Israeli police clashed with Palestinian protesters on Tuesday in a third straight day of unrest at Jerusalem's most sensitive holy site.
Police entered the Al-Aqsa mosque compound early in the morning to disperse a group of protesters who had holed up inside the mosque overnight, said police spokeswoman Luba Samri. The protesters threw rocks, fireworks, concrete blocks and a firebomb at the officers, she said, adding that two Palestinians were arrested and five police officers were slightly injured in the violence.
A firebomb thrown at police from within the mosque ignited a rug and wooden planks piled up by the protesters, Samri said. Mosque officials later extinguished the fire and the police managed to restore calm and open the site for visitors, she added.
Azzam Khatib, the director of the Waqf — the Islamic religious authority that oversees the compound — said Israeli police entered deep inside the mosque in what he called "a very dangerous development." Police denied the allegation and said officers only removed the barricade that protesters had set up at the entrance.
The director of Al-Aqsa Mosque, Omar Kiswani, blamed Israeli police for the tensions and said the gate used for visitors to access the site should be shut. He did not comment on the protesters' alleged use of firebombs from within the sacred place, the third holiest site in Islam. Police have said that firecrackers and firebombs thrown from within the mosque have caused fires.
Nearby, more Palestinian protesters gathered and police used tear gas and stun grenades to disperse them. Later, police said a Palestinian attacked two young Jews in Jerusalem's Old City, then ran away. He was later arrested, police said.
Late Tuesday, three Palestinians were wounded in clashes between militants from the Islamic Jihad group and Palestinian security forces in the Jenin refugee camp in the West Bank, doctors and security officials said, speaking on condition of anonymity under regulations.
Palestinian police raided the camp after militants from Islamic Jihad opened fire during their own press conference, in anger over the incidents at the Al-Aqsa mosque in Jerusalem. Palestinian police exchanged fire with the militants. One policeman and two bystanders were wounded in the shooting, according to witnesses who spoke on condition of anonymity for fear of reprisals.
The compound in Jerusalem's Old City is a frequent flashpoint and its fate is a core issue at the heart of the Israeli-Palestinian conflict. It is known to Jews as the Temple Mount, site of the two biblical Jewish temples. Muslims revere it as the Noble Sanctuary, where they believe the Prophet Muhammad ascended to heaven.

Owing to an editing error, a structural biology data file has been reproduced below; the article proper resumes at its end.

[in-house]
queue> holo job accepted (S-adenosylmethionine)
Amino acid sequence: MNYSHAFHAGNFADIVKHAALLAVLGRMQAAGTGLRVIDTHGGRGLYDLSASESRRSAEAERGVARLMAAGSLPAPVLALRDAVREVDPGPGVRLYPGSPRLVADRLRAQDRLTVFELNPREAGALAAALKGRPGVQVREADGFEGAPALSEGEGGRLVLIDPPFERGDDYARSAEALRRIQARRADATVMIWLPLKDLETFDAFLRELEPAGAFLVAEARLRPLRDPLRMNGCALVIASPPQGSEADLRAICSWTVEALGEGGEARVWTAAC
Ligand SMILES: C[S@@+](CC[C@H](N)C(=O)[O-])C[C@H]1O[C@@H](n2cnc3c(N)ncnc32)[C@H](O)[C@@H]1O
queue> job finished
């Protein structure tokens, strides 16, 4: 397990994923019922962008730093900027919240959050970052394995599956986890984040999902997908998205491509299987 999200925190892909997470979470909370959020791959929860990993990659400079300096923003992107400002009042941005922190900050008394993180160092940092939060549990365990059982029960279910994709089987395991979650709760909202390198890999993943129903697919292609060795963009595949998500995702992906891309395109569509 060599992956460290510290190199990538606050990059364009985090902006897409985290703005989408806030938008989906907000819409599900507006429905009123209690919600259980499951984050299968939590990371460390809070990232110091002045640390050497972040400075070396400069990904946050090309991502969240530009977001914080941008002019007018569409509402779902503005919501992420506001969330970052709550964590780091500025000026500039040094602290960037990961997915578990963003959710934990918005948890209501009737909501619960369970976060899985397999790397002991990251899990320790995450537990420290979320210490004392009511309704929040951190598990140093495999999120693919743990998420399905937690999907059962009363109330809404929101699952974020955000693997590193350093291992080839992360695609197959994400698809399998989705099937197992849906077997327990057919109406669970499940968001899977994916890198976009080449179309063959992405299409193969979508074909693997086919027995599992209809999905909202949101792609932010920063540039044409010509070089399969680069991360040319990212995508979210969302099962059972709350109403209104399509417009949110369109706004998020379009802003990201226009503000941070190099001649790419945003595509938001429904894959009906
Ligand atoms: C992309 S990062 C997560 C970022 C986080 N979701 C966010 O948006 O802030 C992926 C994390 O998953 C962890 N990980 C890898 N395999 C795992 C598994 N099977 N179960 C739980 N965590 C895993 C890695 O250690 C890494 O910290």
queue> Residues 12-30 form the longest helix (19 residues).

Non-Muslim visitors are only allowed to enter the site at specific hours and are banned by police from praying there.
Muslims view these visits as a provocation and accuse Jewish extremists of plotting to take over the site. The compound often becomes the center of tensions on major Jewish holidays such as Rosh Hashana, the Jewish new year, which ends Tuesday night.
The site is so holy for Jews that they traditionally have refrained from praying on the hilltop, congregating instead at the adjacent Western Wall.
Israel's chief rabbis, as well as the rabbi of the Western Wall, have issued directives urging people not to ascend the Temple Mount, arguing that Jews could inadvertently enter the holiest area of the once-standing temple, where it was forbidden to tread.
But there is a movement advocating the rights for Jews to pray at the hilltop. Some try and get around the ban on prayers by secretly mumbling the words.
Israeli Prime Minister Benjamin Netanyahu was to convene an emergency meeting Tuesday evening after the holiday ends to discuss ways to deal with the violence at the site, as well a recent increase in Palestinian rock throwing attacks. One such attack claimed the life of an Israeli man on Monday.
Palestinians also clashed with police in the West Bank on Tuesday.
Saeb Erekat, a senior Palestinian official, blamed Israel for the unrest, claiming that Netanyahu "is trying to push us to the cycle of violence, extremism, bloodshed and chaos."
Israeli Foreign Ministry spokesman Emmanuel Nahshon rejected the allegations, adding that the recent skirmishes are "an attempt by Palestinians to change the status quo in a violent way."
Jordan, which has a peace treaty with Israel, administers Muslim religious affairs at the site and Jordanian King Abdullah II warned Israel on Monday night to restore calm.
"Any more provocations in Jerusalem, will affect the relationship between Jordan and Israel; and Jordan will have no choice, but to take action, unfortunately," he said.
Jerusalem Mayor Nir Barkat urged more action to ensure security at the holy site. "We are committed to maintaining freedom of religion and status quo in Jerusalem," he said, denouncing "extremists who transform holy sites into places of terror."
The current round of tensions at the site erupted Sunday morning hours ahead of the Jewish new year holiday. Police said clashes erupted after policemen entered the area to ensure security following reports that protesters were planning to disrupt visits to the area and had stockpiled firecrackers and rocks.
Israel's acting Police Chief Bentzi Sau said hundreds more officers were brought to Jerusalem to beef up police presence.
"Over the past three days we have witnessed attempts by many elements to try and incite and worsen the security situation ... to harm coexistence and the joy of the holiday," Sau said.
White House spokesman Josh Earnest said the United States "remains deeply concerned by the recent violence and escalating tensions" and called on all sides to exercise restraint and "and preserve unchanged the historic status quo" at the holy site "both in word and in practice."